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Tinnitus

What is Tinnitus?

Tinnitus is a physical condition, experienced as noises or ringing in the ears or head when no such external physical noise is present. Tinnitus is usually caused by a fault in the hearing system; it is a symptom, not a disease in itself. The word "tinnitus" means "tinkling or ringing like a bell". Latin origin; usually pronounced tinn-itus, the "i" as in "sit". About one in five people with tinnitus have bothersome tinnitus, which distresses them and negatively affects their quality of life and/or functional health status. Those individuals with persistent and bothersome tinnitus will often seek medical care. Tinnitus may be an intermittent or continuous sound in one or both ears. Its pitch can go from a low roar to a high squeal or whine or it can have many sounds. Persistent tinnitus is tinnitus that lasts more than six months. Prior to any treatment, it is important to undergo a thorough examination and evaluation by your otolaryngologist (ENT doctor) and audiologist. An essential part of the treatment will be your understanding of tinnitus and its causes.

What cause Tinnitus?

Many causes - almost everything that can go wrong with our ears can produce tinnitus as a symptom! Perhaps as simple as wax against the eardrum, or as serious as a tumour on the hearing nerve. Otosclerosis (fixation of the tiny stirrup bone in the middle ear) can produce tinnitus; so can Meniere's disease. A major cause of tinnitus is EXPOSURE TO EXCESSIVE NOISE, e.g. chain saws, machinery, rock concerts. Noise destroys! Most of the time, the tinnitus is subjective—that is, the tinnitus is heard only by the individual. Rarely, tinnitus is “objective,” meaning that the examiner can actually listen and hear the sounds the patient hears. Tinnitus may be caused by different parts of the hearing system. The outer ear (pinna and ear canal) may be involved. Excessive ear wax, especially if the wax touches the ear drum, causing pressure and changing how the ear drum vibrates, can result in tinnitus. There are a number of non-auditory conditions and lifestyle factors that are associated with tinnitus. Medical conditions such as temporomandibular joint arthralgia (TMJ), depression, anxiety, insomnia, and muscular stress and fatigue may cause tinnitus, or can contribute to worsening of existing tinnitus.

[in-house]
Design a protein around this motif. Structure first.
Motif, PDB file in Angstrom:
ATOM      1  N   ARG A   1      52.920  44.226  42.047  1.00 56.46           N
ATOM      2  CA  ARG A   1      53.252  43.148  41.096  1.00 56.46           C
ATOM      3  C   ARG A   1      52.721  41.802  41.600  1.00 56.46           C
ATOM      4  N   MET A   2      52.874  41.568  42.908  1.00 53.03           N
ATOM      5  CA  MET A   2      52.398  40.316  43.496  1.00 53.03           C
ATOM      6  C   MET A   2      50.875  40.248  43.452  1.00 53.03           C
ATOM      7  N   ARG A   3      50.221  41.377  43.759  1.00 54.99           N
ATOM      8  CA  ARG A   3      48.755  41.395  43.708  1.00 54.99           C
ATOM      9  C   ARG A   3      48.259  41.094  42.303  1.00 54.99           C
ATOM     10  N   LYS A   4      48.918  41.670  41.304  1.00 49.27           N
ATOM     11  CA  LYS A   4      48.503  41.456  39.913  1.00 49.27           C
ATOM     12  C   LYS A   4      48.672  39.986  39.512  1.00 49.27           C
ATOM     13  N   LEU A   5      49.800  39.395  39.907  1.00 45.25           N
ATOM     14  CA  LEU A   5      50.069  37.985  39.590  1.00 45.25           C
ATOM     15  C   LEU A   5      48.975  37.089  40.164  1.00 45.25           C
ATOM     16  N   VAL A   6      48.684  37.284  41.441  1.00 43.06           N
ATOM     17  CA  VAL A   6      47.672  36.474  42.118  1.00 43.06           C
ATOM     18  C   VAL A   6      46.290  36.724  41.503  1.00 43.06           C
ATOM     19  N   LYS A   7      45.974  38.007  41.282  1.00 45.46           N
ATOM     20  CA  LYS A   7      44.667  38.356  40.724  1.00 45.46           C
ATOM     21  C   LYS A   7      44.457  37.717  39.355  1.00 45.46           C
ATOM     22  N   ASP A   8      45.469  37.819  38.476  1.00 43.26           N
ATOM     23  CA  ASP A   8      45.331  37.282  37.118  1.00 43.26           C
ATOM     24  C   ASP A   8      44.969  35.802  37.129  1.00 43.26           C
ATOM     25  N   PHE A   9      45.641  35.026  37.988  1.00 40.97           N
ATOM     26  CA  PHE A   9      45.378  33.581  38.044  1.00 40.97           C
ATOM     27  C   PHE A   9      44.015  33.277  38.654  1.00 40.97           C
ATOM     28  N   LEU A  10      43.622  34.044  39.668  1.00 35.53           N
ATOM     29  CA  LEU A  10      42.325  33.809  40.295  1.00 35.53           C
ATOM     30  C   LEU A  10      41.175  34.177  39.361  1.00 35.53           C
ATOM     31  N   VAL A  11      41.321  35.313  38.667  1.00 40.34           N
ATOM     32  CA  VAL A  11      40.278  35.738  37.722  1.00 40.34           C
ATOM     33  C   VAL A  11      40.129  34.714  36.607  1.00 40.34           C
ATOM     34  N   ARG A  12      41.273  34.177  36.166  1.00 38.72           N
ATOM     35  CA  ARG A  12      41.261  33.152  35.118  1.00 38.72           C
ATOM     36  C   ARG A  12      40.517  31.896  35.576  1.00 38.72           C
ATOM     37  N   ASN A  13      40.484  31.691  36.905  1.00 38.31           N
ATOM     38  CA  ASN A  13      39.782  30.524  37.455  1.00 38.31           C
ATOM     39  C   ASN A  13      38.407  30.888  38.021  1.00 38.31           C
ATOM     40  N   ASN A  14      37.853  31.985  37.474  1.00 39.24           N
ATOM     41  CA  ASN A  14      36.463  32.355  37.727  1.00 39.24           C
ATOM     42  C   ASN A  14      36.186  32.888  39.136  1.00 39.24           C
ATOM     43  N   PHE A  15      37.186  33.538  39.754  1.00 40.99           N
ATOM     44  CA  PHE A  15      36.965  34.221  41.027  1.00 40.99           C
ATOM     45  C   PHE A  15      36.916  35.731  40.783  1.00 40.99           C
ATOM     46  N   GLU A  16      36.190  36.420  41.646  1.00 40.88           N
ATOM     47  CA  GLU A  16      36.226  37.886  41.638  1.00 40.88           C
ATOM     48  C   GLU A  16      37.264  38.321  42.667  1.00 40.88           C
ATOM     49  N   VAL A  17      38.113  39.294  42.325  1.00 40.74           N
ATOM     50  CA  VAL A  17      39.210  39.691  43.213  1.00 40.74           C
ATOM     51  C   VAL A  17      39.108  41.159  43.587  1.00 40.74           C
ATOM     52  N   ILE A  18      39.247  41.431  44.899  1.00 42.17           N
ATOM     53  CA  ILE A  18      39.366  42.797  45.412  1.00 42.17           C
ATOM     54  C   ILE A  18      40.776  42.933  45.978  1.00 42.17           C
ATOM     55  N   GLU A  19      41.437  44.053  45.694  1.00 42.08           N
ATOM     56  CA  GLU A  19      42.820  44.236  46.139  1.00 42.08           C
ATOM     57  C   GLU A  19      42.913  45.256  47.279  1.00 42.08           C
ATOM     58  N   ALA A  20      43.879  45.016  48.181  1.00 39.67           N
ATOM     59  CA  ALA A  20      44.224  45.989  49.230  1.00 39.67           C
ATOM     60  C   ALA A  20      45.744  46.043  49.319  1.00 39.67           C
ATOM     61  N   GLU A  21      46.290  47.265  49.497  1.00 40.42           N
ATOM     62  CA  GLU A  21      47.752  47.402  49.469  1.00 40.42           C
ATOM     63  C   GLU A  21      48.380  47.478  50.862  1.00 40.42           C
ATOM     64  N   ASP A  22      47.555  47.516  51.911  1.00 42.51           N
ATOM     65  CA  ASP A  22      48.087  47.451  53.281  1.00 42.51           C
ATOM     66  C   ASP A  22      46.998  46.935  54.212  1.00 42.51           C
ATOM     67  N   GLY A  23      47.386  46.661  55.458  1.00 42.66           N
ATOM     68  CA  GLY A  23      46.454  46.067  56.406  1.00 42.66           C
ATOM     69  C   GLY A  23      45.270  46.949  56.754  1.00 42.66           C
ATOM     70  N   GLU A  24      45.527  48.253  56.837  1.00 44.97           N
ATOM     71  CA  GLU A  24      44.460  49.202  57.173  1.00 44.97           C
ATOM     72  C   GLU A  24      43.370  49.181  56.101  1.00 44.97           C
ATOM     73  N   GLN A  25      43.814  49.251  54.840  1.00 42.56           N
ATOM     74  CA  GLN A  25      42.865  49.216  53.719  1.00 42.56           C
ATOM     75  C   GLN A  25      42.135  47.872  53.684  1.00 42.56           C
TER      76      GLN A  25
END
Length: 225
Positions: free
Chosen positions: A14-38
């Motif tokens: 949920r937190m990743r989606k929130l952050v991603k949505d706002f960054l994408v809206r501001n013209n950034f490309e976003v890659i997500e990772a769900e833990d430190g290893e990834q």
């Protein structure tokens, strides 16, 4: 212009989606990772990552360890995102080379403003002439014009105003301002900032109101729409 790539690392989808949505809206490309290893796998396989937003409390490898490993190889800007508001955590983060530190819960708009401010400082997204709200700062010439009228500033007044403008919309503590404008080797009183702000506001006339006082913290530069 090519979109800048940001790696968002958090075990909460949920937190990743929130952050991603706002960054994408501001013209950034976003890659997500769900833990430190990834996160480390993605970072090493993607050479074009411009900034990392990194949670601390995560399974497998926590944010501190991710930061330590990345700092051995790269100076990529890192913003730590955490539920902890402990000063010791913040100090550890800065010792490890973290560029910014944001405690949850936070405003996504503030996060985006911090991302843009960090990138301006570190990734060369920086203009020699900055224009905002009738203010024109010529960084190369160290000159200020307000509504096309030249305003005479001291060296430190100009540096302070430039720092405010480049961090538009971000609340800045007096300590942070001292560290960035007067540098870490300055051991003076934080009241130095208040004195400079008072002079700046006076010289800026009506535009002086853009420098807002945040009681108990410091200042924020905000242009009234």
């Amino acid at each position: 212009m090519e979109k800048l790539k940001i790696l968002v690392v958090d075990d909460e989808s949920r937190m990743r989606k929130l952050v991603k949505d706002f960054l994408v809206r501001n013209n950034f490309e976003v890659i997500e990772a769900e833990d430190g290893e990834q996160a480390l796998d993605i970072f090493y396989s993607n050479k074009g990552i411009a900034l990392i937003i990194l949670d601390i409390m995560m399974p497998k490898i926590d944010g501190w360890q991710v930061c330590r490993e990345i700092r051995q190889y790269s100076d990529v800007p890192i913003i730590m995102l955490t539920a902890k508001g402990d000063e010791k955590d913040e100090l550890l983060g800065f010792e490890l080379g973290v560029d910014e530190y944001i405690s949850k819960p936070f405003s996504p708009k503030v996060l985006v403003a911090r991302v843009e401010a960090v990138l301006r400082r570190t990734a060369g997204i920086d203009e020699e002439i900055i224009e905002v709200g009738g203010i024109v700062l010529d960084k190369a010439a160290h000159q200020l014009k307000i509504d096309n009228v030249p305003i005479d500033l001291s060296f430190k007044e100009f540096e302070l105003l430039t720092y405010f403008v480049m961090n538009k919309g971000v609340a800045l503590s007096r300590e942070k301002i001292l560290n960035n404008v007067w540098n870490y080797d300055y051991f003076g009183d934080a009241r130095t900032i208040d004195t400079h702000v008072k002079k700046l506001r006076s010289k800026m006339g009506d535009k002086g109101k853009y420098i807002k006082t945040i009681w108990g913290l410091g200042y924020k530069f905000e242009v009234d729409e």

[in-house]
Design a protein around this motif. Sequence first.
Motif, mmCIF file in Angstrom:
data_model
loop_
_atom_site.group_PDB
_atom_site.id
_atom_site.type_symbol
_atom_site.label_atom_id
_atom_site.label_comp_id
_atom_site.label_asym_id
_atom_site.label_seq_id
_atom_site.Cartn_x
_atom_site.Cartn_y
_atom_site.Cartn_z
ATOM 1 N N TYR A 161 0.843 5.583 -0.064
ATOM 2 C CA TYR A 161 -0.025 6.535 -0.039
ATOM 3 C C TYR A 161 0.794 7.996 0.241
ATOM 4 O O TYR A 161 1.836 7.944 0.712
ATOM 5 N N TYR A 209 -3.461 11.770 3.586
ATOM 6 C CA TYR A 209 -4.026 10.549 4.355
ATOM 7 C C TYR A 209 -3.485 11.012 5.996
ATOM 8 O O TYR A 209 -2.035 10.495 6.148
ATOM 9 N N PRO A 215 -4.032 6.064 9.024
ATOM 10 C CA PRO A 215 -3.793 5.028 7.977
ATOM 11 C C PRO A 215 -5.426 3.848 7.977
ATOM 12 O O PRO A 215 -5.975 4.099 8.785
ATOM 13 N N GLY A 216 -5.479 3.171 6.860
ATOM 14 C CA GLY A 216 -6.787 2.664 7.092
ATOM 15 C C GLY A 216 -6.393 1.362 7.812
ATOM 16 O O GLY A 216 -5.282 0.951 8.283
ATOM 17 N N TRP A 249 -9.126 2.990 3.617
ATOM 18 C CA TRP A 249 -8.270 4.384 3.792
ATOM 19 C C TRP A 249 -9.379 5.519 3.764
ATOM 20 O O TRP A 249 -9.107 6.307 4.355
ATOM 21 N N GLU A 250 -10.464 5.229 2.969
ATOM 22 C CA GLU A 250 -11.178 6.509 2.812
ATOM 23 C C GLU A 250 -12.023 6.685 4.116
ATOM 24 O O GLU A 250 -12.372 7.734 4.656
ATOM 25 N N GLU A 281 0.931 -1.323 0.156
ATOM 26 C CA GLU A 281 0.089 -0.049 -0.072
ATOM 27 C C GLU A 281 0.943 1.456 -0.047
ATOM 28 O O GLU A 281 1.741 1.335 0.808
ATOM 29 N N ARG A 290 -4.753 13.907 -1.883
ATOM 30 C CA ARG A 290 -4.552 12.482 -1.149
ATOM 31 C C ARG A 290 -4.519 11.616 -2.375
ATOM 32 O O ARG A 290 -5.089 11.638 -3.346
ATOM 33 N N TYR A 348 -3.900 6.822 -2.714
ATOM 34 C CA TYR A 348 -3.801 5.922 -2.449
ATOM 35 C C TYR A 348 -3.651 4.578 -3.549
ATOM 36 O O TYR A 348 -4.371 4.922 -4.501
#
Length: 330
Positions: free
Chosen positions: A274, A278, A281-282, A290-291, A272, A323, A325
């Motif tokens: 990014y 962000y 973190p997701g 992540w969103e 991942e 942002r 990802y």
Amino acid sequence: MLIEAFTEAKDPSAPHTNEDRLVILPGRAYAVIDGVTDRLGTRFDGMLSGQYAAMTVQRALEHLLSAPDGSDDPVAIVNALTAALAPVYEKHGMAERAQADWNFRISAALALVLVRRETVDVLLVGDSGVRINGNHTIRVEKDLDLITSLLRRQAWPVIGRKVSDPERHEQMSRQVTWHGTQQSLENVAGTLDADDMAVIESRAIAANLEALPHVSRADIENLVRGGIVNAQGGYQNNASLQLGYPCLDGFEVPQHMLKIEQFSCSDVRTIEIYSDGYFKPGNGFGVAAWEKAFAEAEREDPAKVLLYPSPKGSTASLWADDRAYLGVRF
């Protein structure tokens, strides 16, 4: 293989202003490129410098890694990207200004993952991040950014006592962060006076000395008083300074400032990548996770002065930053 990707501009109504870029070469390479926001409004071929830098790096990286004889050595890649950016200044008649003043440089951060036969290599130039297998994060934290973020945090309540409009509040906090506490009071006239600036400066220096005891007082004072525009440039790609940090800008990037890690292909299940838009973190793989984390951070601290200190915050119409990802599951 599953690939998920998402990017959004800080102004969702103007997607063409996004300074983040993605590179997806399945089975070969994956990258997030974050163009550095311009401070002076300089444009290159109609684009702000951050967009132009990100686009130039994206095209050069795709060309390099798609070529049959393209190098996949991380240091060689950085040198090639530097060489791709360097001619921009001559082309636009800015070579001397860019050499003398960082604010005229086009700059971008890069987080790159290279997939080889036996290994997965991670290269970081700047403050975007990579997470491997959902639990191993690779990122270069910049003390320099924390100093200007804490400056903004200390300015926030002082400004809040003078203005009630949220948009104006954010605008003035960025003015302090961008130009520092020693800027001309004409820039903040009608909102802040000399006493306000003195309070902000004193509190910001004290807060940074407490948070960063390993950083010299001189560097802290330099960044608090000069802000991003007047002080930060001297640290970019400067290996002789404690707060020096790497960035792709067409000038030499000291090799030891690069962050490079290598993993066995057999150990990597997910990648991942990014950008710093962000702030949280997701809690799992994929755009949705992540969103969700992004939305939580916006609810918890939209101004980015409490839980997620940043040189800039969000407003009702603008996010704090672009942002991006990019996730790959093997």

What Can Make Tinnitus Worse?
  • Loud Noise
  • Stress and Fatigue
  • Medications
What testing do i need?

When you are evaluated for tinnitus, the first thing the doctor will do is obtain a complete history, investigating potential causative factors, and perform a thorough, targeted physical examination. If the tinnitus is one-sided (unilateral), associated with hearing loss, or persistent, an audiogram (hearing test) should be obtained early in the evaluation. You may opt for an audiogram in any case. There is no need for radiologic testing (X-rays, CT scans or MRI scans) unless your tinnitus is unilateral, pulsatile, or associated with asymmetric hearing loss or neurological abnormalities. Your doctor will try to determine how bothersome your tinnitus is, by asking certain questions or having you complete a self-assessment questionnaire.

Do Many People Suffer From Tinnitus?

Yes, millions around the world! Probably 18% of Indians have tinnitus at some time of their lives and approximately '50 million Americans have tinnitus in some form'. Countries with self-help groups include USA, UK, Germany, Canada, New Zealand and, of course, India. Severe tinnitus is recognised as a very major affliction, but most people have tinnitus to a milder degree. Given time, commitment and up-to-date professional help, tinnitus can reduce for many people.

How is Tinnitus treated?
  • Hearing Aids
  • Good quality and properly fitted hearing aids reduce and even eliminate most tinnitus associated with hearing losses. Hearing aids take away the strain of listening and distract from the tinnitus by bringing you more environmental sounds from the outside world.

  • Therapeutic Noise Generator
  • Device which looks like a hearing aid and recommended for people with no hearing loss. It produces a blend of external sounds which stimulate most fibres of the hearing nerve helping to deviate attention away from the tinnitus.

Is there any operation to cure tinnitus?

For the vast majority of people there is no specific operation for tinnitus. However, following successful surgical treatment for some ear problems, an existing tinnitus may sometimes disappear, e.g. otosclerosis, Meniere's disease, middle ear infection.